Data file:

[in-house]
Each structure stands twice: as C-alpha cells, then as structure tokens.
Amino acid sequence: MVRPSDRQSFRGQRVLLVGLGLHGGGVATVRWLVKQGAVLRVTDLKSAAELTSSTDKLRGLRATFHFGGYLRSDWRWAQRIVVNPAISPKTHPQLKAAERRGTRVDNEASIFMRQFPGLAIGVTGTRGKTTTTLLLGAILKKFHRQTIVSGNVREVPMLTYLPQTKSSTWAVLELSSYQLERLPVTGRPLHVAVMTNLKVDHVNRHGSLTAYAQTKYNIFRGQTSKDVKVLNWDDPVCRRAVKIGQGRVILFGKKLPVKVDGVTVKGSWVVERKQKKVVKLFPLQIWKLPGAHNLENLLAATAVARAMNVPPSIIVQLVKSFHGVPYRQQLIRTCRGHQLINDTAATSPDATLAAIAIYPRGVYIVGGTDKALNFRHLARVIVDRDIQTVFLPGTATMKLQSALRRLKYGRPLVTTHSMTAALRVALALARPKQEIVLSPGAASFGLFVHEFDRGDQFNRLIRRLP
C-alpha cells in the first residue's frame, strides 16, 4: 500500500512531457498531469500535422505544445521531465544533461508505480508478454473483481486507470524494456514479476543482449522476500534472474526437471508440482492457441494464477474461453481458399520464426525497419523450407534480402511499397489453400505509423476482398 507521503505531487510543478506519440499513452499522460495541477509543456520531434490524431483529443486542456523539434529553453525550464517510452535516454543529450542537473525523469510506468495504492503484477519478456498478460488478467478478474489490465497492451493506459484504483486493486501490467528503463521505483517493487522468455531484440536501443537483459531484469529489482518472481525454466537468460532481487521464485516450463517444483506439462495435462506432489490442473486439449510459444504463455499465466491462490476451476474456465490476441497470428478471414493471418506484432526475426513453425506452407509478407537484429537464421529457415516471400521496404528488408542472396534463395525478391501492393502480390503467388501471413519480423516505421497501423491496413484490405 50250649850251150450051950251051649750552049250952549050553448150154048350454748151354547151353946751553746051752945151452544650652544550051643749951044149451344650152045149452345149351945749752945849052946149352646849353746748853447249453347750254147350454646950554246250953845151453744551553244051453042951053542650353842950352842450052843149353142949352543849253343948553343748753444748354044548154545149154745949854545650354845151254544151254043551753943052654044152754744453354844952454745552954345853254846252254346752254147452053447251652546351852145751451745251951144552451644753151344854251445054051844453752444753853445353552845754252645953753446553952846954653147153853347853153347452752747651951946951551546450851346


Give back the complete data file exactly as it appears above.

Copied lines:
[in-house]
Each structure stands twice: as C-alpha cells, then as structure tokens.
Amino acid sequence: MVRPSDRQSFRGQRVLLVGLGLHGGGVATVRWLVKQGAVLRVTDLKSAAELTSSTDKLRGLRATFHFGGYLRSDWRWAQRIVVNPAISPKTHPQLKAAERRGTRVDNEASIFMRQFPGLAIGVTGTRGKTTTTLLLGAILKKFHRQTIVSGNVREVPMLTYLPQTKSSTWAVLELSSYQLERLPVTGRPLHVAVMTNLKVDHVNRHGSLTAYAQTKYNIFRGQTSKDVKVLNWDDPVCRRAVKIGQGRVILFGKKLPVKVDGVTVKGSWVVERKQKKVVKLFPLQIWKLPGAHNLENLLAATAVARAMNVPPSIIVQLVKSFHGVPYRQQLIRTCRGHQLINDTAATSPDATLAAIAIYPRGVYIVGGTDKALNFRHLARVIVDRDIQTVFLPGTATMKLQSALRRLKYGRPLVTTHSMTAALRVALALARPKQEIVLSPGAASFGLFVHEFDRGDQFNRLIRRLP
C-alpha cells in the first residue's frame, strides 16, 4: 500500500512531457498531469500535422505544445521531465544533461508505480508478454473483481486507470524494456514479476543482449522476500534472474526437471508440482492457441494464477474461453481458399520464426525497419523450407534480402511499397489453400505509423476482398 507521503505531487510543478506519440499513452499522460495541477509543456520531434490524431483529443486542456523539434529553453525550464517510452535516454543529450542537473525523469510506468495504492503484477519478456498478460488478467478478474489490465497492451493506459484504483486493486501490467528503463521505483517493487522468455531484440536501443537483459531484469529489482518472481525454466537468460532481487521464485516450463517444483506439462495435462506432489490442473486439449510459444504463455499465466491462490476451476474456465490476441497470428478471414493471418506484432526475426513453425506452407509478407537484429537464421529457415516471400521496404528488408542472396534463395525478391501492393502480390503467388501471413519480423516505421497501423491496413484490405 50250649850251150450051950251051649750552049250952549050553448150154048350454748151354547151353946751553746051752945151452544650652544550051643749951044149451344650152045149452345149351945749752945849052946149352646849353746748853447249453347750254147350454646950554246250953845151453744551553244051453042951053542650353842950352842450052843149353142949352543849253343948553343748753444748354044548154545149154745949854545650354845151254544151254043551753943052654044152754744453354844952454745552954345853254846252254346752254147452053447251652546351852145751451745251951144552451644753151344854251445054051844453752444753853445353552845754252645953753446553952846954653147153853347853153347452752747651951946951551546450851346